Ireland’s Data Protection Commission in August ordered Facebook to stop sending data about its European Union users to the U.S., the Wall Street Journal reported Wednesday. The preliminary order could have massive ramifications on Facebook’s operations in the EU, with the tech giant being fined if it fails to comply with the decree.

In July, the European Court of Justice issued new restrictions for companies that store data of EU residents on American servers. The EU’s top court said that data transfers to the U.S. could violate the privacy of Europeans and subject their information to U.S. surveillance.

The July ruling invalidated a data transfer mechanism known as the U.S.- EU Privacy Shield. The mechanism offers legal protection for transatlantic transfers of EU data and is relied on by major tech companies such as Amazon, Google and Facebook.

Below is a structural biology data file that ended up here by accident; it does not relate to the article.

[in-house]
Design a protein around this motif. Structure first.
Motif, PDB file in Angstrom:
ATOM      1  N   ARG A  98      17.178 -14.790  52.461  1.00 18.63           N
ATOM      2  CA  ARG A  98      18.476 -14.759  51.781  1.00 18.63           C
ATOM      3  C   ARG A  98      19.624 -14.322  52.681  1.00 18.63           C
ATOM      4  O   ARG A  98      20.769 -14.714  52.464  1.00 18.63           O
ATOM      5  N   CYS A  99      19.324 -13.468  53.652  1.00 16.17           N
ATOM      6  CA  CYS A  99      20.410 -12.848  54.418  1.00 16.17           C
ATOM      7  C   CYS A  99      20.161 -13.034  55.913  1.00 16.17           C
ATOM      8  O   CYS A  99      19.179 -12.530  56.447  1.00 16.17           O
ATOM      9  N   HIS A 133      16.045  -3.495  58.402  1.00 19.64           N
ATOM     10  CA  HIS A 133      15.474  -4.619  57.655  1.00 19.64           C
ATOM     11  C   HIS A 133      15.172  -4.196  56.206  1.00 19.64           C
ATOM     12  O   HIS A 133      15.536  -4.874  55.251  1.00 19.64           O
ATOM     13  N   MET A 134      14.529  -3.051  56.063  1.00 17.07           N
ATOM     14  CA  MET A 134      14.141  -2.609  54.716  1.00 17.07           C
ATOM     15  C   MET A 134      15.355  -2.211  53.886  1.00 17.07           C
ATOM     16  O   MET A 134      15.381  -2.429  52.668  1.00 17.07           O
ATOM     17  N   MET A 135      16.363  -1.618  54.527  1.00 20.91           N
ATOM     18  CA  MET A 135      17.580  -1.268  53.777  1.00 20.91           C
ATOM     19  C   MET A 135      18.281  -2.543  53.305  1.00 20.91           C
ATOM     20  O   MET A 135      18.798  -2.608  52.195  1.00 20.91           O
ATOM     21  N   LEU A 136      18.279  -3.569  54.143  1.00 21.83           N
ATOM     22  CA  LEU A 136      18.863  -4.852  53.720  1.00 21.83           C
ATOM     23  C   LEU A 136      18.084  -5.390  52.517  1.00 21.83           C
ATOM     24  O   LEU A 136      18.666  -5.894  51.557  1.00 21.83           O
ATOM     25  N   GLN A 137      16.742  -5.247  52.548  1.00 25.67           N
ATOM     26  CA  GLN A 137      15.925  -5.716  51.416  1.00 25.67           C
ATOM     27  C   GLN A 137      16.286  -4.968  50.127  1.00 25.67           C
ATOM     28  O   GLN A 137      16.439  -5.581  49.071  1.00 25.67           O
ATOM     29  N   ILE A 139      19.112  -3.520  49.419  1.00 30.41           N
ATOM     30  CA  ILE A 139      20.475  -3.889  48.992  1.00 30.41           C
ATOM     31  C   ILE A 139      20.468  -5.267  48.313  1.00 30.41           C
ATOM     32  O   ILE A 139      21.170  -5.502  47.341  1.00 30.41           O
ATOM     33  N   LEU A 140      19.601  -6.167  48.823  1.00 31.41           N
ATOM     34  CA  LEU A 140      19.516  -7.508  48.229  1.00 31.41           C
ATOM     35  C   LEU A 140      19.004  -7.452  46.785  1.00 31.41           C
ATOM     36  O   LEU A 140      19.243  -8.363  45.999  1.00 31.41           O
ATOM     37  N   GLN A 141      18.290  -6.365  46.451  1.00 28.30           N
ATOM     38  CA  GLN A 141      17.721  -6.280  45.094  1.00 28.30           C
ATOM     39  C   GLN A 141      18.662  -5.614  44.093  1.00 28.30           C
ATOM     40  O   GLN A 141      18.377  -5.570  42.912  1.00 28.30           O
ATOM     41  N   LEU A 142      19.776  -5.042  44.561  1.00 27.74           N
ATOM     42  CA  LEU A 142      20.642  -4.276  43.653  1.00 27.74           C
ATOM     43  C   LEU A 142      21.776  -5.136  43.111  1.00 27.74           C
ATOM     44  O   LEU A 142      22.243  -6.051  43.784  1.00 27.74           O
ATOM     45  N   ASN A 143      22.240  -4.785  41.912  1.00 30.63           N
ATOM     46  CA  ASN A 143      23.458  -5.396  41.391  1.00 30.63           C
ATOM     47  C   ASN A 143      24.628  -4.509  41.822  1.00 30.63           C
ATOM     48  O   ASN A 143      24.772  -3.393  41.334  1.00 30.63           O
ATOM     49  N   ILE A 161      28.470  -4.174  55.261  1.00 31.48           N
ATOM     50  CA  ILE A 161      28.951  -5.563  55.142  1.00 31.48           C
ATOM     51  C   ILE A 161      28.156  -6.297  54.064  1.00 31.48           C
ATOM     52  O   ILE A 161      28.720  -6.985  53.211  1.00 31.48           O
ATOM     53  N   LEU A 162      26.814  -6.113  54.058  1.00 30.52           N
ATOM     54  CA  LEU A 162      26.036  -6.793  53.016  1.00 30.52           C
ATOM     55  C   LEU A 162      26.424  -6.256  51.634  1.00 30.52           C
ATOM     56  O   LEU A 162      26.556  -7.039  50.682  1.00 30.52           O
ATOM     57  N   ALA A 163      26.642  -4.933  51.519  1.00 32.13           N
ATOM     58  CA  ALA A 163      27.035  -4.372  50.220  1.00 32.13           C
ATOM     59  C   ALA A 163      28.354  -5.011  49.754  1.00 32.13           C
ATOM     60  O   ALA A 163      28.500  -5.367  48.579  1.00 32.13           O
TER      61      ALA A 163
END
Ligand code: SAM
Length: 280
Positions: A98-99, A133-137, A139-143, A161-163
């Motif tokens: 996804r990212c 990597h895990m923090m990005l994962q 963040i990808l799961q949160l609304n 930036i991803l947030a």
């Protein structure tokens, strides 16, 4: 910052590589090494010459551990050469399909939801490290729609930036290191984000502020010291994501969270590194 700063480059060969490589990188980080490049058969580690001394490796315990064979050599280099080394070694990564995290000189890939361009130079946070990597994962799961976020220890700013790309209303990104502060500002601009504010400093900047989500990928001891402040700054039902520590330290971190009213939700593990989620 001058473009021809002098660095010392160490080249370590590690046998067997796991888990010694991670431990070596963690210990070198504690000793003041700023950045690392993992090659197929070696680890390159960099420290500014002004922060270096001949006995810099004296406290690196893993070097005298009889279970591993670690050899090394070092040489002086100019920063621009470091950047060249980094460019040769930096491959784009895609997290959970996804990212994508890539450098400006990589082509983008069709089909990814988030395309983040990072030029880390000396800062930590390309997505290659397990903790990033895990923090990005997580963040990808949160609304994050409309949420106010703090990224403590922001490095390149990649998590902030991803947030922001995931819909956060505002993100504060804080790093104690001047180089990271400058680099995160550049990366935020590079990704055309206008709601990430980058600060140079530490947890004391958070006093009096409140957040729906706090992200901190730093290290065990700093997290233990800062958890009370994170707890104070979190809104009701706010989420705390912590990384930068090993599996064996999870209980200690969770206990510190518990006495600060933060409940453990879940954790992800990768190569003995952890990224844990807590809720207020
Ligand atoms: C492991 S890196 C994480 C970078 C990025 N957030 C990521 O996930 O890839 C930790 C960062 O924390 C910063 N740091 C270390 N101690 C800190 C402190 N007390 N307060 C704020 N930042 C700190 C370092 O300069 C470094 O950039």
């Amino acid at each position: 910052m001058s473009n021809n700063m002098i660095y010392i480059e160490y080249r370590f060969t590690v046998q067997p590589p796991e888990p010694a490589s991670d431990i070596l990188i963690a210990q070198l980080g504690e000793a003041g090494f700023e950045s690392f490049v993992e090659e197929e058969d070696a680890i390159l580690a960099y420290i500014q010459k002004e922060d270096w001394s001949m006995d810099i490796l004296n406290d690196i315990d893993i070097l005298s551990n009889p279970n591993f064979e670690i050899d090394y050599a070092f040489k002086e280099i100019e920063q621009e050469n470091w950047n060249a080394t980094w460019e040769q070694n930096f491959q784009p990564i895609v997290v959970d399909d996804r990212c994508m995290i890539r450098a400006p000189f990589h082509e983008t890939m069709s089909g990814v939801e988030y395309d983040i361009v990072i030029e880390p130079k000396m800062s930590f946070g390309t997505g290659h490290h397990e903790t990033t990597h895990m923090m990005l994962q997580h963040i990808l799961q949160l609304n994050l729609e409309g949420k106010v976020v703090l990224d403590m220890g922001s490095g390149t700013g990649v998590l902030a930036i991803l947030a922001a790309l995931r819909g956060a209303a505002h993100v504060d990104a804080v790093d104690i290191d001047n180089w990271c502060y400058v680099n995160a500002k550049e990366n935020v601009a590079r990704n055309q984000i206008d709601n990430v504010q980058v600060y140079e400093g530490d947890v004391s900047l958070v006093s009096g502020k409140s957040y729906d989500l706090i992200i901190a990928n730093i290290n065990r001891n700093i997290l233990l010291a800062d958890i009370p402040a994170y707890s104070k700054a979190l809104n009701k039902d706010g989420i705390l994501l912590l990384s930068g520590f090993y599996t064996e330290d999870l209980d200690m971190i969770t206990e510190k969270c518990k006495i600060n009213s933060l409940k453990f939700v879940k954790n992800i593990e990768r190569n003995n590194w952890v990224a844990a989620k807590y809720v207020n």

In May 2018, the EU implemented the General Data Protection Regulation (GDPR), which requires businesses to protect personal data. Big tech companies have been forced to rework their user privacy policies since the regulation was introduced.

In February, Google announced that users in the U.K. would lose EU data protection, and would be put under U.S. jurisdiction. The decision was due to the U.K.’s decision to leave the EU.

Big tech companies have also faced privacy troubles in the U.S. In July 2019, the Federal Trade Commission fined Facebook $5 billion due to data privacy violations.